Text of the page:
As you’ve probably heard by now, sarin nerve agent was probably behind the death of more than 80 people in Syria last week. Bashar al-Assad is suspected of using the gas against civilians last week, in what is surely one of the most heinous acts of the ongoing Syrian Civil War. News media showed images of the victims struggling to breathe moving President Donald Trump to engage in a missle strike on Thursday night. The name sarin is an acronym of the four scientists who created it: Gerhard Schrader, Otto Ambros, Gerhard Ritter, and Hans-Jürgen von der Linde.
But what is sarin, and why is it so deadly?
Sarin is a clear colorless gas, that is also known as GB. In it’s purest form it has not taste and no odor. The organophosphorus compound is manufactured by humans, and not found in nature. It was first manufactured in the 1930s.
Sarin is deadly becuse it attacks the nervous system preventing proper degradation acetylcholine at neuromuscular junctions. The nerve gas binds to acetylcholinesterase, an enzyme that degrades the acetylcholine, to send signals between nerves and muscles. This means that when someone is exposed to sarin, even at very low levels, their nerve signals don’t communicate properly with muscles. The muscles do not contract or expand as they usually would. Death after sarin exposure will usually occur as a result suffocation due to the inability to control the muscles involved in breathing. Death usually occurs within 1 to 10 minutes after exposure.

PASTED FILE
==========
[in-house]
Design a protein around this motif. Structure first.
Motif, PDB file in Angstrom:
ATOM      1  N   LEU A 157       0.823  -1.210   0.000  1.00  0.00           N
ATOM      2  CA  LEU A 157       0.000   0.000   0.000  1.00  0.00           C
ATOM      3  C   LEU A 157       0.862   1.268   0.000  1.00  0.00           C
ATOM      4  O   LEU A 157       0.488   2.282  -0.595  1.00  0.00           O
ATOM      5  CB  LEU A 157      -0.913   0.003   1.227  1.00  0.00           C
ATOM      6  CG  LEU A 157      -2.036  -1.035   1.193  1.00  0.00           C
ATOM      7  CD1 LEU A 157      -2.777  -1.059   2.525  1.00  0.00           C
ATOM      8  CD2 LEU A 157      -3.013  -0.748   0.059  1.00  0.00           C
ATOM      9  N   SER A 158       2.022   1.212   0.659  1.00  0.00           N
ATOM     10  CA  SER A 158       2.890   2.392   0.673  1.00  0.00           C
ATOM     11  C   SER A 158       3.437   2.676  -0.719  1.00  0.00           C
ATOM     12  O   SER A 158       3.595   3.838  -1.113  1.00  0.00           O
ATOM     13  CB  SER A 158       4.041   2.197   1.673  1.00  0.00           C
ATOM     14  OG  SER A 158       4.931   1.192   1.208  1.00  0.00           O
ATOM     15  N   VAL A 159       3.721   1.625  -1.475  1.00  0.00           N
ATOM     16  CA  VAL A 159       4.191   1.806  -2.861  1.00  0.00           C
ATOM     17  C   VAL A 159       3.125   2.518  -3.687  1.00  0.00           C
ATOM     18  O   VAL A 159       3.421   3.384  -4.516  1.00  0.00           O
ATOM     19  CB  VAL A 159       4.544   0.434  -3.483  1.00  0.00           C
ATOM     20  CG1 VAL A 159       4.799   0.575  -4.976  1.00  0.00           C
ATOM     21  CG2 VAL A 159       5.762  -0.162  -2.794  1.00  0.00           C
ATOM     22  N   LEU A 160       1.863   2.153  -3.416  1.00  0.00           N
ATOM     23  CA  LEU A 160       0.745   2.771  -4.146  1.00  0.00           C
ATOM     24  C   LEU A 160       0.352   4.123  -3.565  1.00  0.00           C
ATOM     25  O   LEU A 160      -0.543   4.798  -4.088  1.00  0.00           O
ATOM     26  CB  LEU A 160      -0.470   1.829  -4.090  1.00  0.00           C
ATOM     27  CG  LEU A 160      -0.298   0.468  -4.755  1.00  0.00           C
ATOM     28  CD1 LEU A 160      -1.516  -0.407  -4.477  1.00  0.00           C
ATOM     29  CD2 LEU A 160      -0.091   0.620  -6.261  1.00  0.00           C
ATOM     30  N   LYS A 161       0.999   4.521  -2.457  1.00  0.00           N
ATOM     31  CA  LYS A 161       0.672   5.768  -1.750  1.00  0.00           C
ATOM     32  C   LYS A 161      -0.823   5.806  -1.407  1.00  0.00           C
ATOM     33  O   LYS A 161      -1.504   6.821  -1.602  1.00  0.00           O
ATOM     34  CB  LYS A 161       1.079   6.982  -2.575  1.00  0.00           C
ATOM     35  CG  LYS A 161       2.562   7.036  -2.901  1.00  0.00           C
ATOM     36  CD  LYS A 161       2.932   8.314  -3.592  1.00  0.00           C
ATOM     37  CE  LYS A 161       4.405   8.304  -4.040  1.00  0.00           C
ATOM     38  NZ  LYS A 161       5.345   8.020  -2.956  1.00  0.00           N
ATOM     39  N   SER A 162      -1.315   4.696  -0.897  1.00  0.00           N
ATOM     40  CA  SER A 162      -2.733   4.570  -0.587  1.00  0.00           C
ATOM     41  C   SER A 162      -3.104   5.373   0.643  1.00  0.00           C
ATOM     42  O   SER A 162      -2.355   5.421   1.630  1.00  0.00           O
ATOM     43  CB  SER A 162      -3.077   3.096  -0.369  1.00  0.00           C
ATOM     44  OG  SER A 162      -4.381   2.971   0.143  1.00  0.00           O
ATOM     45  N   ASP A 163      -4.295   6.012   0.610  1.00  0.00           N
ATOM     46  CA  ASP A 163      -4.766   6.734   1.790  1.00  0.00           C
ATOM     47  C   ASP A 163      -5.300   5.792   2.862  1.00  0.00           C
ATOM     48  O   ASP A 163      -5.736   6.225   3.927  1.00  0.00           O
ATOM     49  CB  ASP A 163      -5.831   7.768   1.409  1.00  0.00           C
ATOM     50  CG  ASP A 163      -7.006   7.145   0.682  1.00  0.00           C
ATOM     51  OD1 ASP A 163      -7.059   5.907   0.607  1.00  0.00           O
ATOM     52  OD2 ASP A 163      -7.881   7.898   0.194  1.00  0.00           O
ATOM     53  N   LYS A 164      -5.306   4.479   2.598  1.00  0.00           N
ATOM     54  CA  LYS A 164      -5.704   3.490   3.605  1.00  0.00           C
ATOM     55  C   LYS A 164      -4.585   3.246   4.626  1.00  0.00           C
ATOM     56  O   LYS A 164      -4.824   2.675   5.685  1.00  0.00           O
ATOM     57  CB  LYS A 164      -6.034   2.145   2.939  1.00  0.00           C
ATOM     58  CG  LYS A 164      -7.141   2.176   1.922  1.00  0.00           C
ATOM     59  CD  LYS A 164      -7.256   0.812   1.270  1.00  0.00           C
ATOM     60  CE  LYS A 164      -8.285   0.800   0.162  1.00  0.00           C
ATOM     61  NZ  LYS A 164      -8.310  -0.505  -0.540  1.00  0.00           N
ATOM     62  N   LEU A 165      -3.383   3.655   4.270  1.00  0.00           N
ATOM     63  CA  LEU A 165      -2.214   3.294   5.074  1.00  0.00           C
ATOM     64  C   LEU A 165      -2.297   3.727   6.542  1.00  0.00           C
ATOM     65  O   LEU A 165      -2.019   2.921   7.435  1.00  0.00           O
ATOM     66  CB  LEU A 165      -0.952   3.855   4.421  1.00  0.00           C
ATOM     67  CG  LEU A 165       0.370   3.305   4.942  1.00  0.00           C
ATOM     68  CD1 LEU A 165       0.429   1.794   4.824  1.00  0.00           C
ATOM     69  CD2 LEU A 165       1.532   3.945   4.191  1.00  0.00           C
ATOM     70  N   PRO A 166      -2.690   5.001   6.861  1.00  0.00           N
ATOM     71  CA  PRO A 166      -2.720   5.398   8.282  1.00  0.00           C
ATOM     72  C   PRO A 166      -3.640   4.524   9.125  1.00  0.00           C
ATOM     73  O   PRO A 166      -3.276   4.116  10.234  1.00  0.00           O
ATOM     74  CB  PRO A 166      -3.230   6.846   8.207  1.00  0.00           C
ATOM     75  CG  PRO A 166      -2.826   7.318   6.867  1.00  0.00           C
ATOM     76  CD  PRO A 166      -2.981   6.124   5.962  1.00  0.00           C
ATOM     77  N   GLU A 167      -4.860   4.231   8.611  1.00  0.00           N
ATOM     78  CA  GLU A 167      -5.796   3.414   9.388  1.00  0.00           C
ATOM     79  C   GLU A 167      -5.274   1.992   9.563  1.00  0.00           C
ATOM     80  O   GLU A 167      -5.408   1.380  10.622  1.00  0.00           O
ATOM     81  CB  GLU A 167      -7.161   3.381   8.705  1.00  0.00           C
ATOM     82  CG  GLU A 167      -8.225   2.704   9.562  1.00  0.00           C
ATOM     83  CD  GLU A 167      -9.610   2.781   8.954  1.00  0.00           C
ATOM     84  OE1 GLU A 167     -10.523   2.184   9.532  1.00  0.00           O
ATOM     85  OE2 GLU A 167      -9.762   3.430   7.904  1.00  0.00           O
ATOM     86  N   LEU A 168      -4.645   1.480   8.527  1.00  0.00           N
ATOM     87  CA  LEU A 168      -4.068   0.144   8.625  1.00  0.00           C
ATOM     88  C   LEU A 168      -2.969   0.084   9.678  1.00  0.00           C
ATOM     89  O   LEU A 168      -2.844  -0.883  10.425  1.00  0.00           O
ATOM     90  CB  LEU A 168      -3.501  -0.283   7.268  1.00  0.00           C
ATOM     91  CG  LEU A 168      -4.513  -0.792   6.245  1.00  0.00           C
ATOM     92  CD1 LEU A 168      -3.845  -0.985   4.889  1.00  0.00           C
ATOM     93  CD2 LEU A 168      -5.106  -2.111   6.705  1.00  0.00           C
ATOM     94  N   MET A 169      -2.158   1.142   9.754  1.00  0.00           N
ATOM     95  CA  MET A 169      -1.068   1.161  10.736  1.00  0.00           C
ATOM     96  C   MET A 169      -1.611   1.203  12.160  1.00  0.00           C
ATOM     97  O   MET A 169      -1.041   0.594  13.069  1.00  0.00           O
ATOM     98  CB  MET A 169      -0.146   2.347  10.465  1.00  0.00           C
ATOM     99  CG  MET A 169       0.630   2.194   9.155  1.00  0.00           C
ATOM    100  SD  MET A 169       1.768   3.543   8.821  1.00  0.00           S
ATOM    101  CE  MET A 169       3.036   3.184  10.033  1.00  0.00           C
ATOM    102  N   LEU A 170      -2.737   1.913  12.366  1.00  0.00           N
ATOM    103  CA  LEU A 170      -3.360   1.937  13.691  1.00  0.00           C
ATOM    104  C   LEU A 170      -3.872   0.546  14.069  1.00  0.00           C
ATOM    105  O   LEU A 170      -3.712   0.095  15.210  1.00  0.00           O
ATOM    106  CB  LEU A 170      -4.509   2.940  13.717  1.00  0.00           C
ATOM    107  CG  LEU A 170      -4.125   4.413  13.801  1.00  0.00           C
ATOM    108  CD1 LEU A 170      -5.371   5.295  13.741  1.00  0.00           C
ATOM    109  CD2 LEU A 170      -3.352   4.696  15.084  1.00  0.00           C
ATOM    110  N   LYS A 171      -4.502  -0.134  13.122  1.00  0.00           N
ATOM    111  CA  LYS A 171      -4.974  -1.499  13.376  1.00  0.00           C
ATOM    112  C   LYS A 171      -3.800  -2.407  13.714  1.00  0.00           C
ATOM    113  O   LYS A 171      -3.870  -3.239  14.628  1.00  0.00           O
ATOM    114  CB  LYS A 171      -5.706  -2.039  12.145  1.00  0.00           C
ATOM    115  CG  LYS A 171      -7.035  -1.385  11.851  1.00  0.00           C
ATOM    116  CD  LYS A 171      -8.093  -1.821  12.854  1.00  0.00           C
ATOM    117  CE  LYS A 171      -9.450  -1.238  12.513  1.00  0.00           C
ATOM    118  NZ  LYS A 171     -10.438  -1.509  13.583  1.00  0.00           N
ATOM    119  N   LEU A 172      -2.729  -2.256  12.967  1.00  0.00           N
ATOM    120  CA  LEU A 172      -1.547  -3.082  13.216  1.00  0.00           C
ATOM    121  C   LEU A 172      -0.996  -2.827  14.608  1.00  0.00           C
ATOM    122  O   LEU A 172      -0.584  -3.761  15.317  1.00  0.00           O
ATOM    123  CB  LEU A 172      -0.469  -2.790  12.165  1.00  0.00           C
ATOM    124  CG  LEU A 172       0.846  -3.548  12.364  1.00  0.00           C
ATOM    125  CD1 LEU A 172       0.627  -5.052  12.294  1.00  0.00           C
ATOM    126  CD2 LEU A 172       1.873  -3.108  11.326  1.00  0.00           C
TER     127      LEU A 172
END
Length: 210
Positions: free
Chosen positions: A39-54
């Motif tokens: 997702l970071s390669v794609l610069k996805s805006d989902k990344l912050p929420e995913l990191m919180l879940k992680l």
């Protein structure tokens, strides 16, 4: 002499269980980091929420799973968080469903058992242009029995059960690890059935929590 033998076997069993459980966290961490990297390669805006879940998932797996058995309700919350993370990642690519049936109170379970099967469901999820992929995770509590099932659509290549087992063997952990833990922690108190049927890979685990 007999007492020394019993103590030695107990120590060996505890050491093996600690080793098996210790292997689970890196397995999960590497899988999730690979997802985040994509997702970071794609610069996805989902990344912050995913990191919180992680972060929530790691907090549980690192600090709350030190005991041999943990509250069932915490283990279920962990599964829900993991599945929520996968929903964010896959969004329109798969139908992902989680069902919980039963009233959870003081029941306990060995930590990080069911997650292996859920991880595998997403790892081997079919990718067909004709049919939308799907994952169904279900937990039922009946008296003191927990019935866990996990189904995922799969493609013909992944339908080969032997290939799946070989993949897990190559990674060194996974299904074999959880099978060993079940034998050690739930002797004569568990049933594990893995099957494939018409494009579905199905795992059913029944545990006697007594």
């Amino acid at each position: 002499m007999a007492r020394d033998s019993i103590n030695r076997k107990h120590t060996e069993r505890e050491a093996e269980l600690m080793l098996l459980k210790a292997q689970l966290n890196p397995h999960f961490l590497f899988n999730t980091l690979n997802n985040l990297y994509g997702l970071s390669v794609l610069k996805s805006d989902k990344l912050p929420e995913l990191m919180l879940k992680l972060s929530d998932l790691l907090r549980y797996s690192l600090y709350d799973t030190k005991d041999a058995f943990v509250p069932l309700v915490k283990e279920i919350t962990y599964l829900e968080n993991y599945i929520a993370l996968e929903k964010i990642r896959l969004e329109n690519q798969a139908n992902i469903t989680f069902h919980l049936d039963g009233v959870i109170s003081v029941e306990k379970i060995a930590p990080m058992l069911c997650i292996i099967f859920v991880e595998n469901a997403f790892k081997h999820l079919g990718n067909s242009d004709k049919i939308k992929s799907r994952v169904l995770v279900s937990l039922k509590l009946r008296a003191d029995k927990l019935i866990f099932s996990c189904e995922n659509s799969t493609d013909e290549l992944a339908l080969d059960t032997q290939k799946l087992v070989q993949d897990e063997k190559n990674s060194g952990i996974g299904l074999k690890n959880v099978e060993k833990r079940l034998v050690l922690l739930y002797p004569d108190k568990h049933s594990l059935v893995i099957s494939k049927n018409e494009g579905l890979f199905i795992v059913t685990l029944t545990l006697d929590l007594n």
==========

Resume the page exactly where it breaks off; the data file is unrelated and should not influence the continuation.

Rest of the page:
Is there a cure?
There is an antidote for sarin exposure. Atropine treats the physiological symptoms of poisoning, but does not reverse the muscular symptoms. Biperiden is sometimes used as an alternative to atropine due to its better blood–brain barrier penetration and higher efficacy. The drug pralidoxime can regenerate cholinesterase activity, but only if administered within a 5 hour window.